There is also a strong moral dimension to Bastiat's social theory which might make modern scholars uncomfortable as it violates their ideal of "value free" scientific social theory. Since his understanding of how the economy and society functioned was that property owning individuals engaged in voluntary exchanges in a free market for mutual benefit, there were already at least three places in this schema where moral values intruded: firstly, in the legitimacy of owning private property in principle and the legitimacy of the specific property which was being exchanged in any given instance; secondly, that exchanges in the market were voluntary and not coerced, by which he meant that there were no favoured groups who could use government coercion for their own benefit; and thirdly, that the vast array of contracts and property ownership were respected in a system of the rule of law. In Bastiat's view, economists could not remain silent about these deeply embedded moral assumptions which lay behind every transaction which takes place in the market place. Political economy was not by its very nature "value free" - it was a kind of "moral economy". Thus he did not remain silent and decided to "appeler un chat un chat" (to call a spade a spade) in his writings by deliberately calling subsidies, tariffs, and taxes "theft". He also had a long list of other "harsh" words which he used to describe government activity which we have had to document in the Collected Works. Some of the words he used include "dépouiller"(to dispossess), "spolier" (to plunder), "voler" (to steal), "piller" (to loot or pillage), “raviser” (to ravish or rape), "filouter" (filching); and variants such as "le vol de grand chemin" (highway robbery). This becomes very clear when we examine his theory of plunder.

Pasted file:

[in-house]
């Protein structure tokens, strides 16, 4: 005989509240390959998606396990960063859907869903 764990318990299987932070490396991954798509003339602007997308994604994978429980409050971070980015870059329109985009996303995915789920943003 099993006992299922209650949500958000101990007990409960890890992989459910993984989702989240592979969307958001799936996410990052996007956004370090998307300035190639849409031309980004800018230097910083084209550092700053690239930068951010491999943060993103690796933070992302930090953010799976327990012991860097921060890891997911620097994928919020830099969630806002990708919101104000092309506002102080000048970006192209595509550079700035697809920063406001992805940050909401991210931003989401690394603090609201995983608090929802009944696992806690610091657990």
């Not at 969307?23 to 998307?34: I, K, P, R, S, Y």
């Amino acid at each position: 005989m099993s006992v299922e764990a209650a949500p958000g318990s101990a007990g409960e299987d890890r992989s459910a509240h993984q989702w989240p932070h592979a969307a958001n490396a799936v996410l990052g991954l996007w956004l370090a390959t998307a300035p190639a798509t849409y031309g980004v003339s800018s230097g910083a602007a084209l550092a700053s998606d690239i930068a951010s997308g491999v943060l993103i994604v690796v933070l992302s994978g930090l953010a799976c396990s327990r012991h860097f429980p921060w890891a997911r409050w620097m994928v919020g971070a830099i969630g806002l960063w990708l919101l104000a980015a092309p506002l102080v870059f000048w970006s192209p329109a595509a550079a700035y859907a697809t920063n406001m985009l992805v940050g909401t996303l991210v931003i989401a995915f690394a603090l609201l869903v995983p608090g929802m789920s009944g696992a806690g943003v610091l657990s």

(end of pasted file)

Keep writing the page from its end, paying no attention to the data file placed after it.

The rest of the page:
It has always been known that Bastiat had a theory of "legal plunder". He sketched it out in the opening two chapters of the second series of the Economic Harmonies which appeared in December 1845 or January 1846. He was also the inspiration behind an important article on "Legal Plunder" which appeared in the JDE in July 1848 by one of his intellectual supporters Ambroise Clément. He also used the term plunder in the title of several of his anti-socialist pamphlets "Property and Plunder" (July 1848) and "Plunder and Law" (May 1850). By this expression he meant institutionalised plunder by an organisation like the Church or the State, as opposed to the individualised plunder undertaken by thieves and robbers. What is less well known is that he had in mind the writing of another book (or books) on the "History of Plunder". Careful readers of his footnotes (and those of the original French editor Paillottet) might be aware that he had a more complex plan for a multi-volume series of books based upon his theory of "harmony" and "disharmony"; there would be a pair of books on "harmony", one on economics (how the market based upon property rights and voluntary exchange creates an order which allows individuals to pursue their different plans in peace; another on "social harmonies" (a title he sometimes used when talking about his Economic Harmonies) which would be more of a sociological study of how human beings create all kinds of orders and voluntary associations (not just economic ones) in order to make their lives more fruitful and happy. This pair of books on "harmony" would be contrasted with one (maybe 2) on the "disturbing factors" which he saw all around him which upset the tendency of the free market to create orders, by means of war, slavery, plunder, interventionism, and protectionism. This book would be his History of Plunder or a work on Political Disharmonies. This volume might also have become his magnum opus on classical liberal class analysis based upon the theories of J.B Say, Charles Comte, and Charles Dunoyer. Since he repeatedly mentions how important Comte and Dunoyer were in his own intellectual development it would not be surprising that once he had completed his revision and correction of the basics of classical liberal political economy in Economic Harmonies (his version of Say's Treatise of Political Economy (1803, 3rd revised ed. 1817)) he would turn to the writing of his own version of their broad sociological works on property, government, and the emergence of institutions.  This approach was also the one taken by Molinari after he left Paris for Brussels in 1852: he wrote a two volume treatise on economics in 1855 and then a two volume sociological work on the evolution of economic and political institutions which rested firmly on a theory of class very much in the tradition of Comte, Dunoyer, and Bastiat. It seems that every time one of the French liberals came across a theoretical problem they wrote a 2 or 3 volume treatise in order to solve it.